Long-time Trek employee Eric Maves has long dreamed of opening up an utterly unique bicycle shop that is part-museum and part-custom-bike services. That dream came true this past year when he found space in an old mill in historic Paoli, Wisconsin. And it is here where his bike-boutique dream turned into reality. If you have a dream bike you want to build, or you simply want to pimp out your current ride, check out 1 OAK Bicycles.
Words by James Startt | Images courtesy of Jamie Forrest and Eric Maves
PELOTON Magazine: Eric, you are the founder of 1 OAK Bicycles, an utterly unique concept. I mean, looking at the project, it is part-bike museum, part-bike shop and part-coffee house. I guess it is a real boutique in the best sense of the word.
Eric Maves: Yeah, 1 OAK is definitely a mixed bag. It’s one part museum and there is a lounge area for people to hang out and get immersed, to look at things and to talk about bikes. I’ve curated a halfway-decent library with cycling books, so there is a place to learn and discover. And then there is the custom-bike part.
PELOTON: Yes, that seems completely original. How did you come up with that idea?
Maves: Well, I’ve been into bikes all my life. But I’ve never owned a stock bicycle, which is kind of crazy. As soon as I would get a bike, I would always and immediately look for things to change out on it. The one and only stock bike I ever owned was a Huffy BMX bike that I bought with my own money back in the 1980s. But that was stolen from my parents’ garage. Back in the ’80s I was also one of the first kids in my area to make the move from BMX to road bikes. I’ll never forget the day when I went in and traded my Ross BMX bike for a Nishiki. It wasn’t anything special but it was my first road bike. Immediately, I put a Selle Italia Turbo saddle and some gummy brake lever hoods on it to make it look just a little bit more “racey.” I guess that is where this idea really started. Soon, I was subscribing to the magazines of the day and spent my study hall hours in high school just thumbing through those magazines. I was always dreaming about bikes.
PELOTON: Would you consider yourself a collector?
Maves: Yeah, for sure. After working at Trek for so long and having access to different resources, I started looking into getting bikes that I dreamed about when I was in high school. Although I hate the term “bucket list” I still have a number of bikes that are on my all-time watch list. My first dream bike was a Colnago and I finally came across one about 15 years ago on eBay and I was immediately like, “Oh that’s it!”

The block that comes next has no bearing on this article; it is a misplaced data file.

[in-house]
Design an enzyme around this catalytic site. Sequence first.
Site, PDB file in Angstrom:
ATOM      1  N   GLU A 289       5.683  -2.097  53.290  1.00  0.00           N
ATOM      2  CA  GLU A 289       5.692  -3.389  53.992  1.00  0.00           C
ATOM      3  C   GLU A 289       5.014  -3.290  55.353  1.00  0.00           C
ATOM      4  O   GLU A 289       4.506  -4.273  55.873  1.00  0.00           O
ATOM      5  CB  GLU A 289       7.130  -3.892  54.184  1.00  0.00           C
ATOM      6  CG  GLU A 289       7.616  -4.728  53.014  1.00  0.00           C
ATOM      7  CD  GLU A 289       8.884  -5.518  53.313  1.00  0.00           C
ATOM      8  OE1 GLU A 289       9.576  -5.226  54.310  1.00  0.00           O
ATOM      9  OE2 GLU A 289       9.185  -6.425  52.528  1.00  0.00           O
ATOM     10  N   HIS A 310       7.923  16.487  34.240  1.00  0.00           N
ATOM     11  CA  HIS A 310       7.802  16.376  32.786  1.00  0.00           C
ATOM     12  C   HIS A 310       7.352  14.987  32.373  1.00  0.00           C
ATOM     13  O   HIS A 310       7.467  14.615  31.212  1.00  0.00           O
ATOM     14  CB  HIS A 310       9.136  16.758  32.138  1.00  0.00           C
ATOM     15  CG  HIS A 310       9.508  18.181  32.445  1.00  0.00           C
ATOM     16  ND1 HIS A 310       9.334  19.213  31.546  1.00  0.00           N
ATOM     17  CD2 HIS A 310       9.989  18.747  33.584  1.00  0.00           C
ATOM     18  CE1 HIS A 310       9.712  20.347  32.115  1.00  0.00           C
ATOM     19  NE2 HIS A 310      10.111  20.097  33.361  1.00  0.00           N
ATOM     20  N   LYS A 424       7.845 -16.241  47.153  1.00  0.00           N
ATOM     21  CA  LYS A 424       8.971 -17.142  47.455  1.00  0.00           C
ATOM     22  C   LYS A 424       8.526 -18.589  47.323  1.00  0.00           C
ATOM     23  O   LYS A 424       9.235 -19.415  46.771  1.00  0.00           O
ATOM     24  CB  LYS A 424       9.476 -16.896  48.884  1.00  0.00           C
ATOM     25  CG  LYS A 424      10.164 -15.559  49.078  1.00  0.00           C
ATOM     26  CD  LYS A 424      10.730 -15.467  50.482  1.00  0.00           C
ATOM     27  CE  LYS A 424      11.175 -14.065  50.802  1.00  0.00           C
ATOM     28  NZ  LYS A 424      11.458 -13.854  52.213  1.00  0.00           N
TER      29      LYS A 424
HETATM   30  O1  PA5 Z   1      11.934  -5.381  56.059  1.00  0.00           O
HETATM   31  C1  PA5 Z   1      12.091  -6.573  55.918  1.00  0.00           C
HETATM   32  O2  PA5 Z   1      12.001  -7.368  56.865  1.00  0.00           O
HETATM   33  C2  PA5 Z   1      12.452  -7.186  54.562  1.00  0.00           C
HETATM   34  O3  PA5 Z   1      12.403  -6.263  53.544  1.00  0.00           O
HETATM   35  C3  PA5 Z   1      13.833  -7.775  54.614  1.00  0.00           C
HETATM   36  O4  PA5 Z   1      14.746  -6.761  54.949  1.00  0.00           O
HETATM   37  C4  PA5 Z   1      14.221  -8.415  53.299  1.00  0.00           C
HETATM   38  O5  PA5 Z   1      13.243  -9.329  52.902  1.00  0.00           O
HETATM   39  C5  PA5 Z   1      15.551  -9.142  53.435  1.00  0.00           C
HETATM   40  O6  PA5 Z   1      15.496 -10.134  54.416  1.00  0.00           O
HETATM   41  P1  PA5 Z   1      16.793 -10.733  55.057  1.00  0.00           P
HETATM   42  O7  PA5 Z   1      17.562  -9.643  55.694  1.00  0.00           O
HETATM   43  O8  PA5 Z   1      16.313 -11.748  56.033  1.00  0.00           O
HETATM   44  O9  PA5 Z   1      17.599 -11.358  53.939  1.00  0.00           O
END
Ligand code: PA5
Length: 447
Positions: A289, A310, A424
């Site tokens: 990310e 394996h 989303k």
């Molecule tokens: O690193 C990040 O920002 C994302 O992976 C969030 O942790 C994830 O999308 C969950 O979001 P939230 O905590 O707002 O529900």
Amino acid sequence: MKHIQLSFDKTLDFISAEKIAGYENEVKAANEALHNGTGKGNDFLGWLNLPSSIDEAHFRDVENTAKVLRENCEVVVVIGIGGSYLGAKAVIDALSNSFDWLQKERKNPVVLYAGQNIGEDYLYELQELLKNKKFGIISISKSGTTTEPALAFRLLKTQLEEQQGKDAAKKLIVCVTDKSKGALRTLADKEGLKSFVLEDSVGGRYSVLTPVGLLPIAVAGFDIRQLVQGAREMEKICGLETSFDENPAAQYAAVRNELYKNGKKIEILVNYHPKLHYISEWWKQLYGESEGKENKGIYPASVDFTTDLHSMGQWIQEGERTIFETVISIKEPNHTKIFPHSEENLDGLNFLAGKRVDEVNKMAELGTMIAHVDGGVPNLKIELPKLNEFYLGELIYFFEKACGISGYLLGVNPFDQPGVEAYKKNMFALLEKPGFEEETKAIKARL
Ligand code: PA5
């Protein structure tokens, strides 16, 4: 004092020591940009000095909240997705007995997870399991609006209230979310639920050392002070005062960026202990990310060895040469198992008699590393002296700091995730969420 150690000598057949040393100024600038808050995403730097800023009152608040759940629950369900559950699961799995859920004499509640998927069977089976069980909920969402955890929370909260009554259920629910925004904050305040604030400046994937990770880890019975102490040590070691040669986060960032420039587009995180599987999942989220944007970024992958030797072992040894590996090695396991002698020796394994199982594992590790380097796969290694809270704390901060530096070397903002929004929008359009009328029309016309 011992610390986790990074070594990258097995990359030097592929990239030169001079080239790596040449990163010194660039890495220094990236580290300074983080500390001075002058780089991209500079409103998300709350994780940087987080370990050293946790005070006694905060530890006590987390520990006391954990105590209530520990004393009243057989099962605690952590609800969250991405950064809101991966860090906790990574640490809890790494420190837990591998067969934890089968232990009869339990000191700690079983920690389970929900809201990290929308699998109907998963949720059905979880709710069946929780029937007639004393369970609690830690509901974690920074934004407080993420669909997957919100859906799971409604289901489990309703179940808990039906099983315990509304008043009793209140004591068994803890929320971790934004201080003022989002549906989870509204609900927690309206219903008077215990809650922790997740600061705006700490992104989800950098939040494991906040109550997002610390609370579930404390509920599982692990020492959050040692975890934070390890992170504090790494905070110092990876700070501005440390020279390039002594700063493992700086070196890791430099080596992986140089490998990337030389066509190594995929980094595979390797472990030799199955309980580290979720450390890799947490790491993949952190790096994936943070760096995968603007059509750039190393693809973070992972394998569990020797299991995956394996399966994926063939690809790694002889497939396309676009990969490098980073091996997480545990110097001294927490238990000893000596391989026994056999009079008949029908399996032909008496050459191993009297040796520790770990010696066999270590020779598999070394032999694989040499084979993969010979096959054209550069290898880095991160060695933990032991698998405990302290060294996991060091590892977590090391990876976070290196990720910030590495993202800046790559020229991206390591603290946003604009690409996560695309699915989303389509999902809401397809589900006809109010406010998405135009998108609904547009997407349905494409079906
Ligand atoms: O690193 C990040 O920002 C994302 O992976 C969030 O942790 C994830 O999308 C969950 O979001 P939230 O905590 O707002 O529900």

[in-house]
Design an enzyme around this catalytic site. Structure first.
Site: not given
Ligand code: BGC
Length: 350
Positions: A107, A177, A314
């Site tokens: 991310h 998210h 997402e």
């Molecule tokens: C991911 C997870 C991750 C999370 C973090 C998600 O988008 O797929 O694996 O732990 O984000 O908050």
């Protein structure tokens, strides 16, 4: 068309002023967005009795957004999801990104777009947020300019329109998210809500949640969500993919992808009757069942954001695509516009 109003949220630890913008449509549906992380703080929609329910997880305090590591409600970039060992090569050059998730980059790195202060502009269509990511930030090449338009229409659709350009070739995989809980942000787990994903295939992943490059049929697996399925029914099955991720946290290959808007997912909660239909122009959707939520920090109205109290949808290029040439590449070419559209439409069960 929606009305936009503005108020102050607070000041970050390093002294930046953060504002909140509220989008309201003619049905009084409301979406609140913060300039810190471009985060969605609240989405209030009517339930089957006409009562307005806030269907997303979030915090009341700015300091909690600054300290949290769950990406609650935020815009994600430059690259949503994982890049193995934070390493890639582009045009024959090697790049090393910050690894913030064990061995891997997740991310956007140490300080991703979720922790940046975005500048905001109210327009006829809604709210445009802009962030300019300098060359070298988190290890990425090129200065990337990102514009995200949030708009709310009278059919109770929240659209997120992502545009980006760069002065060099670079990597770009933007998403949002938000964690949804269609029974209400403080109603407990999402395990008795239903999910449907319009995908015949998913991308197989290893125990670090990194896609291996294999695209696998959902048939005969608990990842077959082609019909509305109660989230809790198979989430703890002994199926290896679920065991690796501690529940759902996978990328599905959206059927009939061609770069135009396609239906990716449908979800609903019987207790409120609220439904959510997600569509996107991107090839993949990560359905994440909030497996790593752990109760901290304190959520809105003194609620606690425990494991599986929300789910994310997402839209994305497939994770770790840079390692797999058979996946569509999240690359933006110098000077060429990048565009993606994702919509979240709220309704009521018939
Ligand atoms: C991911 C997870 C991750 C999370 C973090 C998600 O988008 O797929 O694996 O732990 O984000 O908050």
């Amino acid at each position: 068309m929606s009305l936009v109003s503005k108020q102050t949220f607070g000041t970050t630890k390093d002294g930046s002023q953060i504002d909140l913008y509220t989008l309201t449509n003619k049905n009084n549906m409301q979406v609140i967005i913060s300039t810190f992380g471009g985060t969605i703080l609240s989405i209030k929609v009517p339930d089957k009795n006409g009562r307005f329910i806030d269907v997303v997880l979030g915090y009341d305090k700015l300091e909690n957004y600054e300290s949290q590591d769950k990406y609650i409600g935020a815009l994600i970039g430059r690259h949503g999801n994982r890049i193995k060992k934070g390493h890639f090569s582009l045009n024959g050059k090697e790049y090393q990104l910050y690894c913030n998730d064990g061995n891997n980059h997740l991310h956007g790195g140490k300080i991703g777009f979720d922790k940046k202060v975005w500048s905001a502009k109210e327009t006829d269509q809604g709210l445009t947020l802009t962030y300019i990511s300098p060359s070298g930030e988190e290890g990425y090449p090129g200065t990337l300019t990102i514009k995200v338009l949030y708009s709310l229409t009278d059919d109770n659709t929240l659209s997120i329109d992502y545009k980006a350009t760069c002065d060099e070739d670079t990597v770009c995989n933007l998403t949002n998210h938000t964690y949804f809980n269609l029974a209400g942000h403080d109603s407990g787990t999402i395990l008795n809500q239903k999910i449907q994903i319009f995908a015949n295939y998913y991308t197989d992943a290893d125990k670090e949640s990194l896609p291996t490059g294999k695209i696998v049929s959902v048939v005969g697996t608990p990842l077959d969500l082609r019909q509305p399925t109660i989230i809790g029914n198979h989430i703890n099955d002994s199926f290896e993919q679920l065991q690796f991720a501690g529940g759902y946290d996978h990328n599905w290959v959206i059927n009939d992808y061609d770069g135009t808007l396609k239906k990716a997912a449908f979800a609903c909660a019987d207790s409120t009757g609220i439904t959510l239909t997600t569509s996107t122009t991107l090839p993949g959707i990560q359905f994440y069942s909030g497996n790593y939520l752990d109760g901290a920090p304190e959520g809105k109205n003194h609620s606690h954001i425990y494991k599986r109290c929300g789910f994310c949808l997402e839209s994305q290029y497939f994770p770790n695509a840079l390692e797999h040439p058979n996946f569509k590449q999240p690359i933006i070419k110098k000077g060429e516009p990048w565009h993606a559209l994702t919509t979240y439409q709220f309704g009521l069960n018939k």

PELOTON: Was it that cool red?
Maves: Yes, it was red. It was a 1986 Master America. It still has the curved, raked fork, so it was just before they went to the straight fork. When I got it, it was not completely period-correct, so I had to swap out a couple of the components. But it didn’t take much. I particularily like the Colnago Master America from that year because 1986 was when the U.S. hosted the world championships in Colorado Springs. I remember San Marco put out a special edition saddle for the world championships and I even managed to track one of those down. It was the perfect finishing touch and it’s definitely one of my favorites.
PELOTON: What is your actual goal with 1 OAK Bicycles. Do you see it becoming a full-time operation or do you see it as a charity of some kind, or is it just a cool side project?
Maves: Well, I call it a passion project. It’s a venture of mine. I definitely hope to supplement my income with it, but I have no grand illusions, or delusions, that I am going be so successful to the point where I would consider leaving Trek. But who knows? At the moment I don’t even have set hours. We had our soft opening on October 28 and for the moment we are open by appointment in the evening hours and some general weekend hours.
PELOTON: And how do you separate between the museum bikes and the shop. Is everything potentially for sale?
Maves: Yeah, I have a lot of bikes for sale, most of which are fairly modern, mostly new Trek bikes that I have built up and customized over the years. But until now I’ve just been sitting on them, as this whole concept has just been brewing within me for years. It was only last winter when I was looking through the classifieds and stumbled upon this wonderful space in this old grain mill building and thought, “That might just be the place to start this thing!” I’ve put a lot of thought on how to best curate the space, of how many bikes to have on display, and still give people the space to mix, mingle and hang out and have an espresso or beer.
PELOTON: Well, as far as business models go, yours is pretty unique.
Maves: Yeah, the business model is really different. These bikes are one of kind. As a result it is possible that somebody will come in and fall in love with a bike, only to find that it is not the right size. But that hopefully will allow me to work with somebody to design their own bike that, while it would not be the exact same thing, would be similar. These are, after all, one-of-a-kind bicycles. Be it a fairly standard Trek with a few swapped-out parts or a full-throttle-crazy custom repaint job, it is important for me that each bike be one of a kind [or 1 OAK]. In addition, we are also doing restoration services and are putting in place a localization service to help people find those few remaining parts that will allow them to finish off their own custom-bike project. I’ve been in this business long enough to know where to go to find parts that may be hard to locate.
PELOTON: And then you have a coffee shop as well?
Maves: Well, for the moment, it is just a Nespresso machine but, yes, I would like to develop that as well. In addition, there is a microbrewery just next store, so grabbing a cold beer is never far away. Anyway, I would also like to be able to sell a selection of books or fine-art prints that will encourage people to come out and discover the shop.